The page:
We just returned from a lovely vacation on the Sunshine Coast. We were only an hour from home, but it felt as if we’d flown to Hawaii. (You know, the part of Hawaii where the water turns you blue and shivery.)
It was the first time we’d been away since August 2019, which explains why we were all so excited. We spent our time hiking, canoeing, and kayaking. And also eating s’mores, for the sake of balance. (Or ballast?)
I came back to face some major deadlines, but I feel a thousand times better for having left the house. Now to hang on to the vacation vibes for as long as possible!
Do you think if you lived with a scene like this for long enough, you’d forget it was there? You’d stumble to your coffee maker in the morning and ignore the windows?
I spent a few days on the Sunshine Coast last week, recharging and sneaking some writing time. After six days, I was definitely not done with the view. Not even my tepid photography skills could ruin it.
I hope you all had an equally relaxing Easter. I’ve been reading Startle and Illuminate and, as the juggling of real life begins again, I’ve resolved to take some advice from Carol Shields:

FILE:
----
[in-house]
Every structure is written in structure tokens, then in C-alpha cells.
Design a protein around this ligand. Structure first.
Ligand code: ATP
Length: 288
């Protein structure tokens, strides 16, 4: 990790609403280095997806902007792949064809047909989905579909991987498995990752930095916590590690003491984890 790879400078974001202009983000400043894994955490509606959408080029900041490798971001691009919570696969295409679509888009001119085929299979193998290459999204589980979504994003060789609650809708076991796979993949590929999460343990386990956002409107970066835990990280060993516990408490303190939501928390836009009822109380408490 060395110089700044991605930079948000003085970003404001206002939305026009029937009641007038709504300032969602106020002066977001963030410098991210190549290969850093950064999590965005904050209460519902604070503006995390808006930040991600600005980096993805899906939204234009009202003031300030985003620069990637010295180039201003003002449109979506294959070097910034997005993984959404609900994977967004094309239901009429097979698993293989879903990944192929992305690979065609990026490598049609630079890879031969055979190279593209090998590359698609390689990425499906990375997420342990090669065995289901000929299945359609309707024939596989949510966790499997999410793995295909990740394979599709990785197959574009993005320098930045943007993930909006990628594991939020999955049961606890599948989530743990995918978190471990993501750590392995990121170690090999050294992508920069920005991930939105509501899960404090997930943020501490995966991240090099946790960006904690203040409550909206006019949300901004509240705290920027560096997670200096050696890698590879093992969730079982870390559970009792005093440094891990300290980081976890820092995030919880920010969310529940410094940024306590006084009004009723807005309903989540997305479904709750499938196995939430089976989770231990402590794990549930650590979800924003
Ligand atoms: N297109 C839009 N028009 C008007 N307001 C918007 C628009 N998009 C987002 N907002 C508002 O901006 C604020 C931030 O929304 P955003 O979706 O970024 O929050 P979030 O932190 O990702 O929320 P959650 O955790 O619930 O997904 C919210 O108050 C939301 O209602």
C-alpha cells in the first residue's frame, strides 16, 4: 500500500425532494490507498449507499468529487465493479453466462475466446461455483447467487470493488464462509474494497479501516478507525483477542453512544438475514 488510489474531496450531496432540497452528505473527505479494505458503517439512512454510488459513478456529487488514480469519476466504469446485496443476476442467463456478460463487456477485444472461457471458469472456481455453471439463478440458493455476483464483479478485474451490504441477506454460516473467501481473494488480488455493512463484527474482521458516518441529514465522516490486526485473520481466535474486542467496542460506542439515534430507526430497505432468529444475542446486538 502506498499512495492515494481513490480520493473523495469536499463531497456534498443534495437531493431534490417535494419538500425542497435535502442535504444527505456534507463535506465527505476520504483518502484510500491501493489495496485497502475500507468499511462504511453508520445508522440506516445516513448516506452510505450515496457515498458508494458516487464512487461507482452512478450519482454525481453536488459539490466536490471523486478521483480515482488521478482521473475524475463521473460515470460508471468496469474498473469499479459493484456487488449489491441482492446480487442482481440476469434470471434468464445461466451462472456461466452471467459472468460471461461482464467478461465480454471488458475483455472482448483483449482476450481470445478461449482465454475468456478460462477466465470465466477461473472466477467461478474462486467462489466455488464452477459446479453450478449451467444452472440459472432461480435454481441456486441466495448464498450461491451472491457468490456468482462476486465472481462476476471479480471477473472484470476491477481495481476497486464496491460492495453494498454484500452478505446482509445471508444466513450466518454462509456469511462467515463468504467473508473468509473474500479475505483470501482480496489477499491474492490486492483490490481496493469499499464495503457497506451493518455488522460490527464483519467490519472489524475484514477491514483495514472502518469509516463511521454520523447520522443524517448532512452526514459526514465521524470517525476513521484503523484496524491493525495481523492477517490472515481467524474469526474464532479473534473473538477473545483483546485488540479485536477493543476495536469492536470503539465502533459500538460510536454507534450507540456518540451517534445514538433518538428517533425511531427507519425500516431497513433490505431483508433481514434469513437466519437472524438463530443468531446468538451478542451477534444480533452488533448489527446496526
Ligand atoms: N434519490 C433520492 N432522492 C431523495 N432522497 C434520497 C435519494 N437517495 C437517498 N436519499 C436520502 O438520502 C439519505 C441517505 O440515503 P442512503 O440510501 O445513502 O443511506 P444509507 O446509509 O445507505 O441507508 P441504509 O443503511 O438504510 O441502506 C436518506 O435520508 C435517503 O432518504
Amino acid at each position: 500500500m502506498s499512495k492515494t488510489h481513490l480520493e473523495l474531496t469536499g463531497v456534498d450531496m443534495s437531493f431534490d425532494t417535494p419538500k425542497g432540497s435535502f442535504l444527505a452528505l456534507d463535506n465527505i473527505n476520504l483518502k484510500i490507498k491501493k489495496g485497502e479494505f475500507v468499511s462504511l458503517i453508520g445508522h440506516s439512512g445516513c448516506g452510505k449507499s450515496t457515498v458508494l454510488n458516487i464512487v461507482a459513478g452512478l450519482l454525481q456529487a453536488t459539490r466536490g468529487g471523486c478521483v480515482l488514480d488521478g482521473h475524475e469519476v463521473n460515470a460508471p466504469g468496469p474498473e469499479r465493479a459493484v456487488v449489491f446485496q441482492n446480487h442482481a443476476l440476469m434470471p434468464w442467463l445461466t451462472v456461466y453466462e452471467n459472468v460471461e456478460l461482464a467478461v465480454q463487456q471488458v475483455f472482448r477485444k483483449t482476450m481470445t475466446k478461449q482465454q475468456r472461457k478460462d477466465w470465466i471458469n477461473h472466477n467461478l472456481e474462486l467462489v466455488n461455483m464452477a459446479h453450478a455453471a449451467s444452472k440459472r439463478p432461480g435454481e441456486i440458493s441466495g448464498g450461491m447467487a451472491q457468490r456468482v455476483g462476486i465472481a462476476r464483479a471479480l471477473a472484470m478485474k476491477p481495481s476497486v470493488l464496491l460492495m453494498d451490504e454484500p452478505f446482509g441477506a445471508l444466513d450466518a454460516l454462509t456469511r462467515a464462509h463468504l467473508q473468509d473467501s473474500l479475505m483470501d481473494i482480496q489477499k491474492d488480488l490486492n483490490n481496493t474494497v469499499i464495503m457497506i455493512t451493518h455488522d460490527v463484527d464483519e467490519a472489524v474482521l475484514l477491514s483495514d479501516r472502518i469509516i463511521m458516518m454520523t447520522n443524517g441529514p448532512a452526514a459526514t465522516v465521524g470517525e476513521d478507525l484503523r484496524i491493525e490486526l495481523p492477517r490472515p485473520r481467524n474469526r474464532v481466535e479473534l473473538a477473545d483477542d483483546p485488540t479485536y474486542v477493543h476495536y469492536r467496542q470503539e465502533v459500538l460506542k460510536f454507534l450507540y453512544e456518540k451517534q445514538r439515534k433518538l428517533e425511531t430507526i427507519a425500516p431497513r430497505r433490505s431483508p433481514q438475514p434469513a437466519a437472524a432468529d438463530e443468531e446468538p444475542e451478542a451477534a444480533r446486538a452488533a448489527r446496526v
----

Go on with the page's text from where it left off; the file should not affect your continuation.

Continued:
Time is not cruel. Given the good luck of a long healthy life, as most of us have, we have plenty. Plenty of time. We have time to try our new selves. Time to experiment. Time to dream and drift. Time even to waste. Fallow time. Shallow time.
We’ll have good years and bad years. And we can afford both. Every hour will not be filled with meaning and accomplishment as the world measures such things but there will be compensating hours so rich, so full, so humanly satisfying that we will become partners with time and not victims of it.
As it happens, Carol Shields didn’t have a particularly long life, but she did raise five children and win the Pulitzer Prize and a Governor General’s Award. I think she did alright with the time she had.